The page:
Article Highlights

  • Chinese markets out on Spring Festival holidays
  • Japan’s headline CPI (y/y) up by 0.3% vs. 0.2% expected, 0.5% previous
  • Japan’s core CPI (y/y) down by 0.2% vs. 0.3% decrease expected, 0.4% decline in November
  • Tokyo core CPI (y/y) slips by 0.3% vs. 0.4% decline expected, 0.6% decrease in December
  • BOJ’s core CPI (y/y) up by 0.1% as expected in December vs. 0.2% previous
  • Australia’s import prices (q/q) inches 0.2% higher vs. 0.4% uptick expected, 1.0% decline previous
  • Australia’s PPI (q/q) up by 0.5% vs. 0.2% expected, 0.3% previous
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The yen fired up the pip streets during the Asian forex trading session, as traders priced in the BOJ’s surprise increase in bond purchases and a strong CPI report from Japan.

Major Events:

BOJ got triggered – The Bank of Japan (BOJ) ended the week with a bang earlier today, when it surprised markets by increasing its bond purchases.

The central bank announced that it would purchase 450B JPY worth of 5-10 year government bonds, about 10% more than its usual shopping habit. Budget for bonds with maturities of 1-3 years are kept at 400B JPY while 3-5 year JGB purchases are also maintained at 420B JPY.

The move came amidst speculations that the BOJ is slacking off on its promise to keep 10-year government bond yields “near zero.” See, 5-10-year Japanese bond yields hit 11-month highs last Wednesday, which prompted market players to expect action from the BOJ.

Instead, the BOJ adopted an “it’s all good in the hood” attitude and made no changes to its pace of purchases. Naturally, USD/JPY (as well as other yen crosses) received downward pressure at the news.

Guess the BOJ is sticking to its plan! Thanks to the BOJ’s reaction, investors are now thinking that the BOJ will step up its bond-buying game in February. 10-year JGB yields dropped by 1.5% to 0.070% after hitting 0.1% yesterday. Meanwhile, 5-year yields fell by 0.5% to -0.10% and 20-year yields slipped by 1.5% to 0.660%.

Japan’s inflation report – Data from the world’s second largest economy saw consumer prices falling at a slower pace than analysts had expected.

Japan’s headline CPI clocked in a 0.3% growth from a year earlier in December, a bit slower than November’s 0.5% growth but faster than the expected 0.2% increase. The core reading, which excludes volatile items such as food and fuel, fell by 0.2%. That’s the slowest decrease in 10 months, yo!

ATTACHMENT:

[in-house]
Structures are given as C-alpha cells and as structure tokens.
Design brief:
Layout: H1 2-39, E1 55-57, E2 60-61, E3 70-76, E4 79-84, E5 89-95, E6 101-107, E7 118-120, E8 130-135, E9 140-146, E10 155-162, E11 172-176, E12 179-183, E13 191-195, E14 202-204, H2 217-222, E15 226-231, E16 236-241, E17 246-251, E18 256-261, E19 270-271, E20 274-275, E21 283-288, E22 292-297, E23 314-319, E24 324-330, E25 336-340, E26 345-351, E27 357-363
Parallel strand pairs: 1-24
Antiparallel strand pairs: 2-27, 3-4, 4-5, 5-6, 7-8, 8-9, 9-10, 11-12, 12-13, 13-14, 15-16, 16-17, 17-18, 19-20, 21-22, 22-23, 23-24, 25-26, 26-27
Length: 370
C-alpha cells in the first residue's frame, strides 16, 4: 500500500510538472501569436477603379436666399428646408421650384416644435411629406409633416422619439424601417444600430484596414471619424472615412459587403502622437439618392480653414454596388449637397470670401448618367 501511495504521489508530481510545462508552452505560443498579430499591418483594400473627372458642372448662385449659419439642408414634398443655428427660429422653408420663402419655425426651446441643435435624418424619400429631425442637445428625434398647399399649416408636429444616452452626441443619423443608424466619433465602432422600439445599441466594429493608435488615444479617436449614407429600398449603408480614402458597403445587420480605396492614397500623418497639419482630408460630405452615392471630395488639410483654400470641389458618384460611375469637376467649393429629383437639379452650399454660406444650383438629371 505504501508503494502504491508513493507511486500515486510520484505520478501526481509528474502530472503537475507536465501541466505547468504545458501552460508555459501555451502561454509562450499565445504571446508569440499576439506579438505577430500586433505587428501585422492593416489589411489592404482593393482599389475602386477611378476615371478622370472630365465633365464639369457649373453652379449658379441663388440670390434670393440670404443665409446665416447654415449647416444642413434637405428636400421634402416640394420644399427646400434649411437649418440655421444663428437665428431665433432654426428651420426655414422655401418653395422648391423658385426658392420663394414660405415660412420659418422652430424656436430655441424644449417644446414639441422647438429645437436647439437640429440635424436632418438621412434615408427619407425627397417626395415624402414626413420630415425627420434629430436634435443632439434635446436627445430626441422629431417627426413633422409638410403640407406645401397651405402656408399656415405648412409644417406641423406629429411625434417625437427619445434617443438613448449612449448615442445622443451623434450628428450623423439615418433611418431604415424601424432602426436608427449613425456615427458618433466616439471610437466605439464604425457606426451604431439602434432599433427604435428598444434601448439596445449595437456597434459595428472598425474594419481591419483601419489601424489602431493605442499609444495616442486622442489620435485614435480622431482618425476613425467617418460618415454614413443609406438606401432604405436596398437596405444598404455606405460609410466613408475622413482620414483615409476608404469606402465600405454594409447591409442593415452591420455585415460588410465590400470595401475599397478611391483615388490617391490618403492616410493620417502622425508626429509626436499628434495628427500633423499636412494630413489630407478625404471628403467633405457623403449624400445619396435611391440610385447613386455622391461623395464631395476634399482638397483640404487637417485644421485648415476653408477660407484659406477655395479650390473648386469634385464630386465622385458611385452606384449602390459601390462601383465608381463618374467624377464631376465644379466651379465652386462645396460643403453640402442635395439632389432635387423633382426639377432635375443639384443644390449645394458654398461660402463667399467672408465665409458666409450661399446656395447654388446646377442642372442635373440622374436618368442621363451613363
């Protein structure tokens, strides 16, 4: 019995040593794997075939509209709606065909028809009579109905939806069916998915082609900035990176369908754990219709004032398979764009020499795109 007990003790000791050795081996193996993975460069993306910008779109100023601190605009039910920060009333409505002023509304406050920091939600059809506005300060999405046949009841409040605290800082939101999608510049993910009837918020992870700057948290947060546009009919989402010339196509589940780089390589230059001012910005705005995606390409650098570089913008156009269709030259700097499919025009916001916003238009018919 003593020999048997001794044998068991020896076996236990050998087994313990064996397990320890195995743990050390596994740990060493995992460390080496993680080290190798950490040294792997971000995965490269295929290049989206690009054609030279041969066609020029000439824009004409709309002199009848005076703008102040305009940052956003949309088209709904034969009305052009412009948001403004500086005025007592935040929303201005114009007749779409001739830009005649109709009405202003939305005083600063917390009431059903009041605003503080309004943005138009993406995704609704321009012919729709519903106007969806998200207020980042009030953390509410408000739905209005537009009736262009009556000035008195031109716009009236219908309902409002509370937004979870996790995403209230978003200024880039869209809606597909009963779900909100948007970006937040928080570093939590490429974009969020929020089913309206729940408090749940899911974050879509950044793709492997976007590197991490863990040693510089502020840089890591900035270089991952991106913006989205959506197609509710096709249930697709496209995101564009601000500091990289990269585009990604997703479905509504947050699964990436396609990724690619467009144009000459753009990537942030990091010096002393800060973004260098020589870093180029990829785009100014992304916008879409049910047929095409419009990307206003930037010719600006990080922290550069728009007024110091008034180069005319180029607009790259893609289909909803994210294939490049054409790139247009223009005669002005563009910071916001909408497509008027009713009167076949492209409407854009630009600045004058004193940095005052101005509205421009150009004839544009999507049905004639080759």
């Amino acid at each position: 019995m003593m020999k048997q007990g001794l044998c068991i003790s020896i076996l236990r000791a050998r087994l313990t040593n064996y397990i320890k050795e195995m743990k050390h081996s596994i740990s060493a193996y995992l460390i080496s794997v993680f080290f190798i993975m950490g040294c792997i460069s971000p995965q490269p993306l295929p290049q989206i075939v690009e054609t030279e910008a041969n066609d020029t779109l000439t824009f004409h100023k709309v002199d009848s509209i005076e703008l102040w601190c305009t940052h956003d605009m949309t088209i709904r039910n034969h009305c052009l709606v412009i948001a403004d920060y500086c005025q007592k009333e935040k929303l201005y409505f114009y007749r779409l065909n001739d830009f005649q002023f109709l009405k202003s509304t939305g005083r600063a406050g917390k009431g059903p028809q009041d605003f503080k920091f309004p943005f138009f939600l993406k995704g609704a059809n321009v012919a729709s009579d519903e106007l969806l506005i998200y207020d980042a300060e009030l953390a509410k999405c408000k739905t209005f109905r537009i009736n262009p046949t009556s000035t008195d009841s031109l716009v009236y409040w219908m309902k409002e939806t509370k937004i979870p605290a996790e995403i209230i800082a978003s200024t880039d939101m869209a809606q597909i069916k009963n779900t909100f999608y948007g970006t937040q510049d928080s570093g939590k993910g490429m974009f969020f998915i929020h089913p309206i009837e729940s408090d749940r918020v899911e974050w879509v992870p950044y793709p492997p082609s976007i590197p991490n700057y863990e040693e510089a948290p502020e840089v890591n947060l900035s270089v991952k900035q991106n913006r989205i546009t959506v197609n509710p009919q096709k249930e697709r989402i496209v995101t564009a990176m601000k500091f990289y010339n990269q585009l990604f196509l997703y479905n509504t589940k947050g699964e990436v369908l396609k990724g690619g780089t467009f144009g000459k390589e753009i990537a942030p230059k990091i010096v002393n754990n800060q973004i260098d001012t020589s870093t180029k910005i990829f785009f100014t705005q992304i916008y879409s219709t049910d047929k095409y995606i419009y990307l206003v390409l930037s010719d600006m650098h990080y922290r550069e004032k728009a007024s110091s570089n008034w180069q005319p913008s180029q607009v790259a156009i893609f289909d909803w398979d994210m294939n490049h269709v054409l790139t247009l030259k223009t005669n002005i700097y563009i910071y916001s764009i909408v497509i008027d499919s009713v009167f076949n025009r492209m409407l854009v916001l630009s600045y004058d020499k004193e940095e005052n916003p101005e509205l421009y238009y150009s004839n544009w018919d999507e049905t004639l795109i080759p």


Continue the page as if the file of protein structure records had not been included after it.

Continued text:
A closer look tells us that prices increased less for food (2.5% from 3.6% in November), clothing and footwear (0.6% from 1.0%), medical care (0.8% from 0.9%), and culture and recreation (0.5% from 0.8%).

Meanwhile, Tokyo’s headline CPI reading, widely considered as a leading indicator, inched 0.1% higher in January despite expectations of a flat reading. However, its core reading saw a 0.3% decline from a year earlier following a 0.6% drop in December.

Last but not the least, the core CPI released by the BOJ came in at 0.1% as expected after showing a 0.2% growth in November.

Overall, the numbers support the notion that the BOJ can afford to taper its asset purchases a bit. Heck, Kuroda and his gang might even try to miss another opportunity to buy bonds if they think they can get away with it (they won’t).

Major Market Movers:

JPY – The biggest mover of the hour is the low-yielding yen, which was rocked by a better-than-expected inflation report and the BOJ’s surprise increase in bond purchases.

USD/JPY rocketed by 61 pips (+0.63%) to 114.99, EUR/JPY popped up by 41 pips (+0.34%) to 122.74, GBP/JPY shot up by 25 pips (+0.29%) to 86.60.

USD/MXN – I don’t always write about the Mexican Peso (MXN) but when I do, it’s because of a wall. See, tensions between Trump and Mexican President Enrique Peña Nieto heated up like a telenovela when Nieto cancelled his meeting with the POTUS. FYI, they were supposed to talk about who was footing the bill for the wall. Trump says Mexico, Nieto says “no way, Jose!”

USD/MXN climbed by another 120 pips (+0.57%) to 21.3550. Ay ay ay!

Watch Out For:

  • 10:00 am GMT: Euro Zone private loans (2.0% expected, 1.9% previous)
  • Economic and Financial Affairs Council (ECOFIN) meetings

See also:

U.S. Session Recap
London Session Recap

Bonnie and Clyde, peanut butter and jelly, Kanye West and Kanye West. Some things just go well together.

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